Exophthalmos secondary to a carotid cavernous fistula
September 26, 2017
Photographer: Cynthia Montague
Contributor: Brittni A. Scruggs, MD, PhD
A carotid-cavernous fistula (CCF) is a pathologic shunt between the carotid artery and the venous cavernous sinus; such hemodynamic lesions often lead to the triad of exophthalmos, epibulbar arterialized loops, and glaucoma. Diagnosis is by clinical examination, computed tomography or magnetic resonance angiography, and/or catheter angiography. A direct CCF (type a) connects the intracavernous portion of the internal carotid artery (ICA) to the sinus, whereas indirect, or dural, fistulas (type b) are low-flow fistulas that connect ICA branches to the cavernous sinus (1). If vision-threatening signs develop, then embolization must be considered.
Figure 1. External photography and slit lamp examination of both eyes. Upper image: External photo demonstrating the difference in appearance between the right (OD) and left eye (OS). Left image: The right eye had a completely normal exam. Right image: Dilated corkscrew vessels extended to the limbus OS.The patient also had periorbital edema on the left with mild abduction deficit and proptosis.
Figure 2. Slit lamp examination OS. There was evidence of numerous dilated corkscrew vessels extending to the limbus prior to definitive treatment of an indirect carotid-cavernous fistula.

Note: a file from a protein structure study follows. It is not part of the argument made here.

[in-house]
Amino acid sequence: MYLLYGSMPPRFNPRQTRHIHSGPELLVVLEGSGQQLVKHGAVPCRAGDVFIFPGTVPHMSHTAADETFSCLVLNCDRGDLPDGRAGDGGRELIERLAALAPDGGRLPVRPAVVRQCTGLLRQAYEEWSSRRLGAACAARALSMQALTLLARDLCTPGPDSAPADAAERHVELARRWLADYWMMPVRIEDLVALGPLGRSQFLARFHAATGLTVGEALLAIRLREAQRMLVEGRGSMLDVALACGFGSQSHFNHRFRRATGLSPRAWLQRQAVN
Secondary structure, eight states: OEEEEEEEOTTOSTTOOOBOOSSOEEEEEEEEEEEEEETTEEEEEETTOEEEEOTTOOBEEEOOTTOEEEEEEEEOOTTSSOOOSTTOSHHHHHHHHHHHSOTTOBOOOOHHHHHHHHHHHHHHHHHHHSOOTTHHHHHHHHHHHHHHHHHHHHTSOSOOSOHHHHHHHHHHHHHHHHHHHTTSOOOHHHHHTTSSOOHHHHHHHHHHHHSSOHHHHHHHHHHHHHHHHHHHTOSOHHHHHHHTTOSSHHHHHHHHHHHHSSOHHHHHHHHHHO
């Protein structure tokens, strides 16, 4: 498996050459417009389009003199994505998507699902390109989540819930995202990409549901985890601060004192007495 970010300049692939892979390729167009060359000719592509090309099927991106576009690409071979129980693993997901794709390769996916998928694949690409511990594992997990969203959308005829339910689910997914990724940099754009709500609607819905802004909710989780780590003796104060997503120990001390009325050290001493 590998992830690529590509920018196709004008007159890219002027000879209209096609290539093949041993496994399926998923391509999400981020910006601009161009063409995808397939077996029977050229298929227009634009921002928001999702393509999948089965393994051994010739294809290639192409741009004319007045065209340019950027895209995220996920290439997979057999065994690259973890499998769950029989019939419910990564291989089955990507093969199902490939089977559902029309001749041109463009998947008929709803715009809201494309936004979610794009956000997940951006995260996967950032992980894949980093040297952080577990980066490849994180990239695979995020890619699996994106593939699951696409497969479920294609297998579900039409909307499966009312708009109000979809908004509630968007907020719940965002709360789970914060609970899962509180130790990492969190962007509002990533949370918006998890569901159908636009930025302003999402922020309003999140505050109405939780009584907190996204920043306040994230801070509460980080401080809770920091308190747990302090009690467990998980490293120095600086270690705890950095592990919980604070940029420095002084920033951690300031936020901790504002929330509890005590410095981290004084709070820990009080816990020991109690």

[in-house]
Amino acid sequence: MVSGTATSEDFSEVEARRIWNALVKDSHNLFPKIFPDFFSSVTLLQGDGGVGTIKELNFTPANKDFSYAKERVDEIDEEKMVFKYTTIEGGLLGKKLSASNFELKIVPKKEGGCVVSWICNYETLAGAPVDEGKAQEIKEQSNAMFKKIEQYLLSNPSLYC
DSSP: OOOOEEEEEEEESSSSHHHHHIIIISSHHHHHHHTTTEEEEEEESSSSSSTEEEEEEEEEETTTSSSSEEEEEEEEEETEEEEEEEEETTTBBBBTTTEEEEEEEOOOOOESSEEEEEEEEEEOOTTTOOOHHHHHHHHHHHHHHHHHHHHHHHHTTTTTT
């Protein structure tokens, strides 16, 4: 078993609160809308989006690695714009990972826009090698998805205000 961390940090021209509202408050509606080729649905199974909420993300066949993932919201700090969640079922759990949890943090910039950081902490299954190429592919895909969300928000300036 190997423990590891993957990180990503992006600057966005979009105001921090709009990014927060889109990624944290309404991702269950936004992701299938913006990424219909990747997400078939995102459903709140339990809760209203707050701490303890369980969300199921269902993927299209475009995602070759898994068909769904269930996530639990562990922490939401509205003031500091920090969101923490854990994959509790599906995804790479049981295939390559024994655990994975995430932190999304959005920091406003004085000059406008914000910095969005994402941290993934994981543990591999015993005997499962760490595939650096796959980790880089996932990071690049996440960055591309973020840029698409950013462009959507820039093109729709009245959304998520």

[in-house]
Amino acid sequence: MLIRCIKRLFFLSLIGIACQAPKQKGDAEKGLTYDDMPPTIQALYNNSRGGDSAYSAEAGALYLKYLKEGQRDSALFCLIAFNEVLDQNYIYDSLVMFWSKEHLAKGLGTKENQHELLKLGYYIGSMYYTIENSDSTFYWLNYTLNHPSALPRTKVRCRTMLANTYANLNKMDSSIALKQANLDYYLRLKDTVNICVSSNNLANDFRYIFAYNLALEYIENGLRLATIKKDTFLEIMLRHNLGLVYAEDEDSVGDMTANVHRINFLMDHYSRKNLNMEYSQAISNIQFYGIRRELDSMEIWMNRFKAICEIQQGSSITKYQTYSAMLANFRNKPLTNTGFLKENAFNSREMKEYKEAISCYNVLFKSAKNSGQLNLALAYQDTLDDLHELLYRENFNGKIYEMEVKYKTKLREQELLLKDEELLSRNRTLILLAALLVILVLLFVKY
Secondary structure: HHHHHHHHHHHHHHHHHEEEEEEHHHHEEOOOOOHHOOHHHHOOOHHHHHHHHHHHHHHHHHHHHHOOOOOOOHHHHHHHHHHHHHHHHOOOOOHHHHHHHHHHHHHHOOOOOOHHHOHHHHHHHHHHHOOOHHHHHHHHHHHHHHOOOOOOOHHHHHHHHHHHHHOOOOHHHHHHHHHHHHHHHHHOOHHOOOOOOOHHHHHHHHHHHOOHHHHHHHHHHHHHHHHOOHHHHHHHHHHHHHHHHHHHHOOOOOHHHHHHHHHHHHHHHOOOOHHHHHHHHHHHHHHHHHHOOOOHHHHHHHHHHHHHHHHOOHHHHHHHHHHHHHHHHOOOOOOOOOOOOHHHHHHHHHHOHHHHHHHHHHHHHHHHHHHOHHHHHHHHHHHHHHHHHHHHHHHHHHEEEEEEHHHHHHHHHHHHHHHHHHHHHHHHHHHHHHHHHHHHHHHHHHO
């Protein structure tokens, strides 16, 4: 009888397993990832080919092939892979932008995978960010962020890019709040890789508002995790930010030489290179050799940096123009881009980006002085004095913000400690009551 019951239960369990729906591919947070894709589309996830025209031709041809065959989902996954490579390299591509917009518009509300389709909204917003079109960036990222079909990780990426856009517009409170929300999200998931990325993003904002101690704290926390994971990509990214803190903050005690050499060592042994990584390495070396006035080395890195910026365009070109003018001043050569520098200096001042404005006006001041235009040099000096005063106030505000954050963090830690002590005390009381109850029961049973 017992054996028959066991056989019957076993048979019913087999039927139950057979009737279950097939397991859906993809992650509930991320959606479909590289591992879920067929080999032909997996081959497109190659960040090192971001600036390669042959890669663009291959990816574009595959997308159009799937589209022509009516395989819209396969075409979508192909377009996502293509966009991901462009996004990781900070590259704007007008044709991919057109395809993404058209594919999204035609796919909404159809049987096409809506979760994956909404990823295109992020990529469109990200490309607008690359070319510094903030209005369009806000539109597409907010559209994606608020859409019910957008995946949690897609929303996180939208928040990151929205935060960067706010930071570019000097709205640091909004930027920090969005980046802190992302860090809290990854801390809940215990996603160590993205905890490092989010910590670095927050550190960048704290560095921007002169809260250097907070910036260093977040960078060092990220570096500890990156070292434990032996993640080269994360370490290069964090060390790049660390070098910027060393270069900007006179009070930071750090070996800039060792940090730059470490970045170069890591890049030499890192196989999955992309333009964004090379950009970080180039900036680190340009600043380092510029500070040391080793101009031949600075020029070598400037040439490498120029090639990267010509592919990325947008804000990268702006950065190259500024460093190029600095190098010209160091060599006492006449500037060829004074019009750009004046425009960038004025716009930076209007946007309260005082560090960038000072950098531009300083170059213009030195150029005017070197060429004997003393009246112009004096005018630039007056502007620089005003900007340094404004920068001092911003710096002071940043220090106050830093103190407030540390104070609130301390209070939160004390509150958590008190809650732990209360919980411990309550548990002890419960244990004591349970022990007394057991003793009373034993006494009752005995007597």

Figure 3. Pre-operative CT imaging of the orbits. Left image: There was prominent proptosis OS (red lines) with a 3 mm difference in Hertel measurements. Right image: Congestion of the left extraocular muscles due to venous stasis in the left orbit (red arrows).
Figure 4. Pre-operative CT imaging (left images) and post-operative MR angiography (right image).There was early filling of the left cavernous sinus on the arterial phase images (circled in red). This represented leakage of contrast from the internal carotid artery to the left cavernous sinus.
Figure 5. Color fundus photography of both eyes. Left image: The right eye had a normal optic disc, macula, and vessels. Right image: The left eye had dilated and tortuous veins, a normal macula, and scattered dot blot hemorrhages. Central retinal vein occlusion, or venous stasis retinopathy, occurred as a result of CCF.
- R.J.W. Keizer (2003) Carotid-cavernous and orbital arteriovenous fistulas: ocular features, diagnostic and hemodynamic considerations in relation to visual impairment and morbidity, Orbit, 22:2, 121-142
Ophthalmic Atlas Images by EyeRounds.org, The University of Iowa are licensed under a Creative Commons Attribution-NonCommercial-NoDerivs 3.0 Unported License.
last updated: 09/26/2017